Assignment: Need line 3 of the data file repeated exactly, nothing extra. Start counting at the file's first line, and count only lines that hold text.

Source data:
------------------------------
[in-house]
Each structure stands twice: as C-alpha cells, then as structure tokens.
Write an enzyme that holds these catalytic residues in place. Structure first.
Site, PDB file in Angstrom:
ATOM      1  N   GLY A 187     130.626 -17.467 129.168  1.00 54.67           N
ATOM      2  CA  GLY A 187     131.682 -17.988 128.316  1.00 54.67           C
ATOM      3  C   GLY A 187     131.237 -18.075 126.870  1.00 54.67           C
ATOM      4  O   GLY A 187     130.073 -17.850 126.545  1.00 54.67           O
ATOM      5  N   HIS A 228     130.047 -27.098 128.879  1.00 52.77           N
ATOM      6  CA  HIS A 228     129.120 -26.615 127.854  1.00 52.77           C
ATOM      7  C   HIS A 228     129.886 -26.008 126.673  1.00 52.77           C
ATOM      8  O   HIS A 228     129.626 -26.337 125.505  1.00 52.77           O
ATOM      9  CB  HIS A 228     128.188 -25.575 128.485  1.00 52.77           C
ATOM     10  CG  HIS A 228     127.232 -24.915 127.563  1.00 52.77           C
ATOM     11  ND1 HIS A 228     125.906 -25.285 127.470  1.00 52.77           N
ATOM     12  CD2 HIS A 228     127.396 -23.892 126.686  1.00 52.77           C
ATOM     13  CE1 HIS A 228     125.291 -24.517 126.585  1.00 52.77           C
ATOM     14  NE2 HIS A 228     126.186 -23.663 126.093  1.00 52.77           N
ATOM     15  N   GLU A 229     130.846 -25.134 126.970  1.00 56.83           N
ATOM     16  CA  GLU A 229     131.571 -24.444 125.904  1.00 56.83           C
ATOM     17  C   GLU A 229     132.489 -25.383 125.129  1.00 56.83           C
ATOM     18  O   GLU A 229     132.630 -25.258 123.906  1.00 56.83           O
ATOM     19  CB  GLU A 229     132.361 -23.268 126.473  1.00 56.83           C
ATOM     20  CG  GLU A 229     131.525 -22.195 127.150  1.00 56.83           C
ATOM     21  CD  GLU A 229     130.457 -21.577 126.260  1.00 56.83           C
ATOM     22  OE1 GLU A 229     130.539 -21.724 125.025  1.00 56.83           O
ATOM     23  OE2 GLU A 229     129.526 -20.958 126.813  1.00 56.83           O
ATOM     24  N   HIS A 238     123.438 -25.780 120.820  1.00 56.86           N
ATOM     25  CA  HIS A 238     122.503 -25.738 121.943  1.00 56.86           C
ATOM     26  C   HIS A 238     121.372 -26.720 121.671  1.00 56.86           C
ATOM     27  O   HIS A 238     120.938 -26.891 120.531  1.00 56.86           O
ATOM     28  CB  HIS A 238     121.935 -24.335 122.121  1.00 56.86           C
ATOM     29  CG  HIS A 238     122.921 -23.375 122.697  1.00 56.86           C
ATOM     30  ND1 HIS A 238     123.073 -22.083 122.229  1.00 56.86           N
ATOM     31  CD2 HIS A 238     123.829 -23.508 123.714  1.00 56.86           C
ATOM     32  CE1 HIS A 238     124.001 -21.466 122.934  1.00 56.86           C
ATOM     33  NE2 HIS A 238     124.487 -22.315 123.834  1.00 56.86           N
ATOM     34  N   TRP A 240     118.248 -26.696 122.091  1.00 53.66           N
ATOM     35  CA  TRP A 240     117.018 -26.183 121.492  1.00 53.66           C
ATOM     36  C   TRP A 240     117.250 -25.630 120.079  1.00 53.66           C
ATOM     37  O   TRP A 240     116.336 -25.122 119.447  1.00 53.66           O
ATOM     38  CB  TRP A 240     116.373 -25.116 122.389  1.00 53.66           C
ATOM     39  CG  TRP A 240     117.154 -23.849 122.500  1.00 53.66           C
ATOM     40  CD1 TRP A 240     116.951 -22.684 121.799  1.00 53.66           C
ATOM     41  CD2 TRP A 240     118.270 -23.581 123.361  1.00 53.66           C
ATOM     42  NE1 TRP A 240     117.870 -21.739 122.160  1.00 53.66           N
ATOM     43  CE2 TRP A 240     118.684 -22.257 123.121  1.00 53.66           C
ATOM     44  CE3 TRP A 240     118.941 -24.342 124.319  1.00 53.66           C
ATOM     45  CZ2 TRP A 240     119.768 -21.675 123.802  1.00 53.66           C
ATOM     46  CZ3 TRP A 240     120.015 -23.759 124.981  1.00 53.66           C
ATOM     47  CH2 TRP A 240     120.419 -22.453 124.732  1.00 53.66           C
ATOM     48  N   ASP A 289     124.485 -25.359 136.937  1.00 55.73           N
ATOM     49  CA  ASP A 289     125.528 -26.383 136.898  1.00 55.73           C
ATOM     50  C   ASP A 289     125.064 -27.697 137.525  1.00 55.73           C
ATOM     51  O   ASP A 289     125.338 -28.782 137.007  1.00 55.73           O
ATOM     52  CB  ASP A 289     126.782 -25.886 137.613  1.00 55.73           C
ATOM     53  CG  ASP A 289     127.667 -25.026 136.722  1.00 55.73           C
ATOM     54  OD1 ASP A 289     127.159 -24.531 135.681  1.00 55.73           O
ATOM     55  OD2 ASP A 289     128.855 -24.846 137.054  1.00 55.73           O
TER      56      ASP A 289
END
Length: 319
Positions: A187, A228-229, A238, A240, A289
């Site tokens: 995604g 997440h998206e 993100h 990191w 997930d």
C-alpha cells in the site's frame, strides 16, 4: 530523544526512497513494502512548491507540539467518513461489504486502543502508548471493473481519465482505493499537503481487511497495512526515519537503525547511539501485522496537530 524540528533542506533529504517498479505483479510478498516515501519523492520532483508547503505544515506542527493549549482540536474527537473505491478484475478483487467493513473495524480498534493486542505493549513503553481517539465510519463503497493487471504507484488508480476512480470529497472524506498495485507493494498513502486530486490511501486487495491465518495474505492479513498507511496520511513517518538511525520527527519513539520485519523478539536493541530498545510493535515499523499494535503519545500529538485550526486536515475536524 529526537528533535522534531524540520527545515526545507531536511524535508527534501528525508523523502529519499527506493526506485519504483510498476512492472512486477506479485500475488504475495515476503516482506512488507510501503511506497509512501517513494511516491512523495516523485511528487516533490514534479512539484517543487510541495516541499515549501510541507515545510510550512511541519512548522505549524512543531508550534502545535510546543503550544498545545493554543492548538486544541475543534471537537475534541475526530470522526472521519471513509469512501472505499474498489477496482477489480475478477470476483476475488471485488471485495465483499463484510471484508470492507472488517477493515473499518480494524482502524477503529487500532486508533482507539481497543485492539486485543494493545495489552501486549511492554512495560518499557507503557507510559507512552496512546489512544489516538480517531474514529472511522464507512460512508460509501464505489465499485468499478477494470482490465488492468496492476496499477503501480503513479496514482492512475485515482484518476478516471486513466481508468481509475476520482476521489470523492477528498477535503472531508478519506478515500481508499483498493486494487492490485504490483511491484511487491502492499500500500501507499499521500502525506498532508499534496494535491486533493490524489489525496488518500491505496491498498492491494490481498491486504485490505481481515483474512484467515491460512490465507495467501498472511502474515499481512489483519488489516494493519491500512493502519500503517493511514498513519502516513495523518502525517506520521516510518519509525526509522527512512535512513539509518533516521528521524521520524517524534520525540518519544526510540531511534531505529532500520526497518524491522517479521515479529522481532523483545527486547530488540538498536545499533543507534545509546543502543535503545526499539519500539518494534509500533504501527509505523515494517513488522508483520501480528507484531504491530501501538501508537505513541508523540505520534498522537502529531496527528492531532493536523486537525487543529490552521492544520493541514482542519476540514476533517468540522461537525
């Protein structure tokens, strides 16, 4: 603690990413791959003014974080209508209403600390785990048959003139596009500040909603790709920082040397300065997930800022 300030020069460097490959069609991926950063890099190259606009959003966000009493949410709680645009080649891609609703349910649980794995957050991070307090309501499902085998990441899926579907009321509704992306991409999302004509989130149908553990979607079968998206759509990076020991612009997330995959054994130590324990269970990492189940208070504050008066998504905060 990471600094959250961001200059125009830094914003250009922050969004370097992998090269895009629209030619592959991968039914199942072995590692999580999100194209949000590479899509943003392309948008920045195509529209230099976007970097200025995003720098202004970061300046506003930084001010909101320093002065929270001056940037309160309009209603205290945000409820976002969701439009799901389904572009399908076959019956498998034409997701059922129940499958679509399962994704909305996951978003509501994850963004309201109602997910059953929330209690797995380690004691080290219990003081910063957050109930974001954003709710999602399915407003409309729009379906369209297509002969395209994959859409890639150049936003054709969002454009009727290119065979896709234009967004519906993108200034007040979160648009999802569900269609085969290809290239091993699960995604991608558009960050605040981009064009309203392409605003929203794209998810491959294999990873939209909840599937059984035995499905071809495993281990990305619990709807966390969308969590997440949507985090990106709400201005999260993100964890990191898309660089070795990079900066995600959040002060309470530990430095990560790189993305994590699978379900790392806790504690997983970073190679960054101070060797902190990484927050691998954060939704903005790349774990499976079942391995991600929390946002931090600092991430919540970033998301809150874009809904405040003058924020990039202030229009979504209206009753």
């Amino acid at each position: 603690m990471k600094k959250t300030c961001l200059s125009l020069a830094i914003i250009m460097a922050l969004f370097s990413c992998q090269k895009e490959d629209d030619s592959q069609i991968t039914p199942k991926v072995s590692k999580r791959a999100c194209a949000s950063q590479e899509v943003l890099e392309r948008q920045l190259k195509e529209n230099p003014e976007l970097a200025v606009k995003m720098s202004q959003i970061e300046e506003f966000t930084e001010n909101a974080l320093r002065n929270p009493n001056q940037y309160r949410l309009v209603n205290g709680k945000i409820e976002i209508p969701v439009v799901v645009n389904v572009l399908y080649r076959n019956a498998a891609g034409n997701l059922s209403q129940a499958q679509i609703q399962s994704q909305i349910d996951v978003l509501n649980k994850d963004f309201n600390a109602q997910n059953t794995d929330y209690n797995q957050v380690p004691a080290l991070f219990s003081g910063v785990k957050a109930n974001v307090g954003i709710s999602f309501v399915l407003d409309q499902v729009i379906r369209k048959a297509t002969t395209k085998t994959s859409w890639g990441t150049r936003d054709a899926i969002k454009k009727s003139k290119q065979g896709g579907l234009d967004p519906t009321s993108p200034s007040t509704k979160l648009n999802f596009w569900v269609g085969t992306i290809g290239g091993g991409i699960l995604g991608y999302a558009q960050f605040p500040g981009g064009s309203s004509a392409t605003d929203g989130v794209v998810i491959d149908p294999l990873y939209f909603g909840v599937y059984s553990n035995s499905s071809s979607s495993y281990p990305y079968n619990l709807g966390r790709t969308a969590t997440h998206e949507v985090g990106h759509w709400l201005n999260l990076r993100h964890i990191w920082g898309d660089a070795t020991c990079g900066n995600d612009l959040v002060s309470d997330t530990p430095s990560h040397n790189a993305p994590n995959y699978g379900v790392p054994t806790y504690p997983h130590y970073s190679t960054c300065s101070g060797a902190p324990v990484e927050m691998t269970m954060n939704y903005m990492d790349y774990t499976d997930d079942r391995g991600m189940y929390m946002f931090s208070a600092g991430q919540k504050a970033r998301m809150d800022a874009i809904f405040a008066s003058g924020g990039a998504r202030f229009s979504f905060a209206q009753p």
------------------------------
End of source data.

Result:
Write an enzyme that holds these catalytic residues in place. Structure first.